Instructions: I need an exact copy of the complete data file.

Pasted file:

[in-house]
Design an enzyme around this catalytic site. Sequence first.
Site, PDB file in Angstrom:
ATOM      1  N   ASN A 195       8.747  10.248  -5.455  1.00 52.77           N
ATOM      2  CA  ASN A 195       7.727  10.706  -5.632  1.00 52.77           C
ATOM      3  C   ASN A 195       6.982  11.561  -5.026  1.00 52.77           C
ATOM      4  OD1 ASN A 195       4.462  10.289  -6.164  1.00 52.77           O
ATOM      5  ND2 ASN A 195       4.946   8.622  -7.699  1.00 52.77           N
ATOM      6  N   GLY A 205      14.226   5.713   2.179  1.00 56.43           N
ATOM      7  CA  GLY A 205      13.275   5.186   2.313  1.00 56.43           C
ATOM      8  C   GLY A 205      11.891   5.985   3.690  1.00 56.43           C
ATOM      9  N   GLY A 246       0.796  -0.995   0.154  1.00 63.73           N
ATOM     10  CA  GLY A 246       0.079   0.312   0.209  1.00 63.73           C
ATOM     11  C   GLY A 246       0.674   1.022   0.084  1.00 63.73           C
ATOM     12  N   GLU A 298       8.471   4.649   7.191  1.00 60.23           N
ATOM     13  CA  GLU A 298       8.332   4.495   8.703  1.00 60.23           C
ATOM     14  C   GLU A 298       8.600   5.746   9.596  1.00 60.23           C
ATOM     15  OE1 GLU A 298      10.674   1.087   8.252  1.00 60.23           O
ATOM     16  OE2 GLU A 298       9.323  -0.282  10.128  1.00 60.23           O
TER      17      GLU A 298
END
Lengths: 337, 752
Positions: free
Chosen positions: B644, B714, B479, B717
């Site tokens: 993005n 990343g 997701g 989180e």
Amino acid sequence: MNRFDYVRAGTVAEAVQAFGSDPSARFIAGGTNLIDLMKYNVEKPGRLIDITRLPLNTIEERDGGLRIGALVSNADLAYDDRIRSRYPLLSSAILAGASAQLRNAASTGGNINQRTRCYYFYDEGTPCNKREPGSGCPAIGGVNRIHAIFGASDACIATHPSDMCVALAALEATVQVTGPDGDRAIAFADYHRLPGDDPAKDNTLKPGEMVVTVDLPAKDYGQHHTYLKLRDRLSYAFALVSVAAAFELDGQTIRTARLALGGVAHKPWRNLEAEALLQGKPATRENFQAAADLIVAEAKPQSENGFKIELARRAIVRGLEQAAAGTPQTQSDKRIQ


[in-house]
Design an enzyme around this catalytic site. Sequence first.
Site, PDB file in Angstrom:
ATOM      1  N   ASN A 195       8.747  10.248  -5.455  1.00 52.77           N
ATOM      2  CA  ASN A 195       7.727  10.706  -5.632  1.00 52.77           C
ATOM      3  C   ASN A 195       6.982  11.561  -5.026  1.00 52.77           C
ATOM      4  OD1 ASN A 195       4.462  10.289  -6.164  1.00 52.77           O
ATOM      5  ND2 ASN A 195       4.946   8.622  -7.699  1.00 52.77           N
ATOM      6  N   GLY A 205      14.226   5.713   2.179  1.00 56.43           N
ATOM      7  CA  GLY A 205      13.275   5.186   2.313  1.00 56.43           C
ATOM      8  C   GLY A 205      11.891   5.985   3.690  1.00 56.43           C
ATOM      9  N   GLY A 246       0.796  -0.995   0.154  1.00 63.73           N
ATOM     10  CA  GLY A 246       0.079   0.312   0.209  1.00 63.73           C
ATOM     11  C   GLY A 246       0.674   1.022   0.084  1.00 63.73           C
ATOM     12  N   GLU A 298       8.471   4.649   7.191  1.00 60.23           N
ATOM     13  CA  GLU A 298       8.332   4.495   8.703  1.00 60.23           C
ATOM     14  C   GLU A 298       8.600   5.746   9.596  1.00 60.23           C
ATOM     15  OE1 GLU A 298      10.674   1.087   8.252  1.00 60.23           O
ATOM     16  OE2 GLU A 298       9.323  -0.282  10.128  1.00 60.23           O
TER      17      GLU A 298
END
Lengths: 337, 752
Positions: free
Chosen positions: B644, B714, B479, B717
């Site tokens: 993005n 990343g 997701g 989180e």
Amino acid sequence: MNRFDYVRAGTVAEAVQAFGSDPSARFIAGGTNLIDLMKYNVEKPGRLIDITRLPLNTIEERDGGLRIGALVSNADLAYDDRIRSRYPLLSSAILAGASAQLRNAASTGGNINQRTRCYYFYDEGTPCNKREPGSGCPAIGGVNRIHAIFGASDACIATHPSDMCVALAALEATVQVTGPDGDRAIAFADYHRLPGDDPAKDNTLKPGEMVVTVDLPAKDYGQHHTYLKLRDRLSYAFALVSVAAAFELDGQTIRTARLALGGVAHKPWRNLEAEALLQGKPATRENFQAAADLIVAEAKPQSENGFKIELARRAIVRGLEQAAAGTPQTQSDKRIQ